Publication Date

2013

Document Type

Masters Thesis

Department

School for Social Work

Keywords

Family violence-Psychological aspects, Children and violence, Teenage sex offenders-Psychology, Attachment disorder in adolescence, Attachment, Violence exposure

Abstract

The aim of this study was to investigate the relationship between exposure to violence in the home and attachment characteristics in youth with sexually harmful behaviors. In this study the following was investigated: whether maternal/paternal attachment plays a mediating role in the relationship between exposure to violence in the home (both experienced and witnessed) and adolescent sexual/non-sexual offending. The sample size was 296 male youth with sexually harmful behaviors placed in six residential treatment facilities. Four mediation models were used to examine attachment and exposure to violence in the home in youth with sexually harmful behaviors. Results showed no support for attachment as a mediator in the relationship between exposure to violence in the home and sexual or non-sexual offending in sexually abusive youth. The findings showed a high prevalence of exposure to multiple form of violence in the home in youth with sexually harmful behaviors. Significant correlations were found between attachment characteristics and non-sexual crimes. Sexual offending was only significantly correlated with maternal alienation. Clinical implications include early intervention for children and adolescents living in violent homes, and interventions that focus on trauma in the treatment of youth with sexual harmful behaviors. Future research on youth with sexually harmful behaviors should examine the effect of exposure to violence in the home and attachment on the development of non-sexual offending.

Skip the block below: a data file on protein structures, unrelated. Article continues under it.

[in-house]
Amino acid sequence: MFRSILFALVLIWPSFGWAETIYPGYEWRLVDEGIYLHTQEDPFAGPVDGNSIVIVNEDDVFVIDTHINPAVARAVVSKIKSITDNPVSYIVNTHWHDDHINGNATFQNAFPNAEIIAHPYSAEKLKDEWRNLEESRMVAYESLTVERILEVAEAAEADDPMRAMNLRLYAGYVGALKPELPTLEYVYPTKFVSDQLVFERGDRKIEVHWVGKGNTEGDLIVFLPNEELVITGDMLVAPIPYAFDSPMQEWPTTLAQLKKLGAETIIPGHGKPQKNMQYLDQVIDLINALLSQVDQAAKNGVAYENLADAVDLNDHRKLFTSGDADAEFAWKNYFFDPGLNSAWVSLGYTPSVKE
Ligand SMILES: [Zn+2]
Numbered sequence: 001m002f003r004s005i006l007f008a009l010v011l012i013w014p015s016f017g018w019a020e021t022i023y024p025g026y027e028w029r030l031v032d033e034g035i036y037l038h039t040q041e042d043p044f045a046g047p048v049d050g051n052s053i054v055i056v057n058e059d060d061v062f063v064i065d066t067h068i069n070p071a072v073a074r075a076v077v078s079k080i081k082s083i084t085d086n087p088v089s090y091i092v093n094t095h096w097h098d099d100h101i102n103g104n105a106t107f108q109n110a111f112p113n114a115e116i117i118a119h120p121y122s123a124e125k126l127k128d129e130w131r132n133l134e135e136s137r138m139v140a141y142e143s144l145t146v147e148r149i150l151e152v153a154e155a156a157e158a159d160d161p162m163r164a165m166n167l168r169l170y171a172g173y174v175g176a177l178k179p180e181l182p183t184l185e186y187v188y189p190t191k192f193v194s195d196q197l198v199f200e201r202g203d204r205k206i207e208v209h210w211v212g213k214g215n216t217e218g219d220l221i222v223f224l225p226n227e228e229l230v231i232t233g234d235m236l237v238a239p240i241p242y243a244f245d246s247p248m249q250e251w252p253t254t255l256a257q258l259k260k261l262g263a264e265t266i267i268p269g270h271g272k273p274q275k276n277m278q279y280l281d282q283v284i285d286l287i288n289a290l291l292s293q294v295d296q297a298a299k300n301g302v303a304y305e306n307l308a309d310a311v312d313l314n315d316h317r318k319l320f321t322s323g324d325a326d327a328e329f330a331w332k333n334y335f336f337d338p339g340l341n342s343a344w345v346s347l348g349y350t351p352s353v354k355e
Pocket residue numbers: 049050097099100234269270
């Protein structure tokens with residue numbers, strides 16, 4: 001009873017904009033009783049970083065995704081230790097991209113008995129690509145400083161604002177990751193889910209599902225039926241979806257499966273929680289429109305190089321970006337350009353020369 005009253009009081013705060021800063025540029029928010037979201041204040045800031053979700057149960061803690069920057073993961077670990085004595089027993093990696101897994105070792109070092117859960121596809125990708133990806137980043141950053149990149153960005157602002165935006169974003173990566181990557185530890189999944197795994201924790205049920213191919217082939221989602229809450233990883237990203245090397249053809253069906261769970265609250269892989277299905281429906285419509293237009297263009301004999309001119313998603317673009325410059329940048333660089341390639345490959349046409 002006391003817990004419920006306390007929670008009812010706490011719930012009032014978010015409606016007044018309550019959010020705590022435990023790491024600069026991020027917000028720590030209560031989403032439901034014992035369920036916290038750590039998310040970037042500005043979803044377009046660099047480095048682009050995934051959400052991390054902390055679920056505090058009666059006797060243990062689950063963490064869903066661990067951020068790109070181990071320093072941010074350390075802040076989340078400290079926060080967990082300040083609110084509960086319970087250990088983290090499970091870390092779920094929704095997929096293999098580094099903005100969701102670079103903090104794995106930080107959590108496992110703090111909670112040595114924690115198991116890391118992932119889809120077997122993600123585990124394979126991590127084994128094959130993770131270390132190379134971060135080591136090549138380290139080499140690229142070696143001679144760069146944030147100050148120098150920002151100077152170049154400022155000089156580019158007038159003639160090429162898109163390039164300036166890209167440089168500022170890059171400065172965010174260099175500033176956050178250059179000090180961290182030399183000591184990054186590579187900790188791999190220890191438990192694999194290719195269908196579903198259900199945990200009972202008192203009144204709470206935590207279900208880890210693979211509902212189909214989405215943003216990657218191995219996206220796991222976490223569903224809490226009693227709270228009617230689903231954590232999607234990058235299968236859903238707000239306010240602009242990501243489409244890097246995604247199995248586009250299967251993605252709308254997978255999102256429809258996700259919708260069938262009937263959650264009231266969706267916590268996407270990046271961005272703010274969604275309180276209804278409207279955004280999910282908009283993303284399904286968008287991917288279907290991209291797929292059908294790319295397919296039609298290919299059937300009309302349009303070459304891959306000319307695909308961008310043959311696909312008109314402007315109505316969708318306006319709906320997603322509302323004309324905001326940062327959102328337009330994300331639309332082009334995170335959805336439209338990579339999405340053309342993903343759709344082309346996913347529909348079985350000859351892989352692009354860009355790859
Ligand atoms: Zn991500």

Language

English

Comments

44 p. : ill. Thesis (M.S.W.)--Smith College School for Social Work, 2013. Includes bibliographical references (p. 36-44)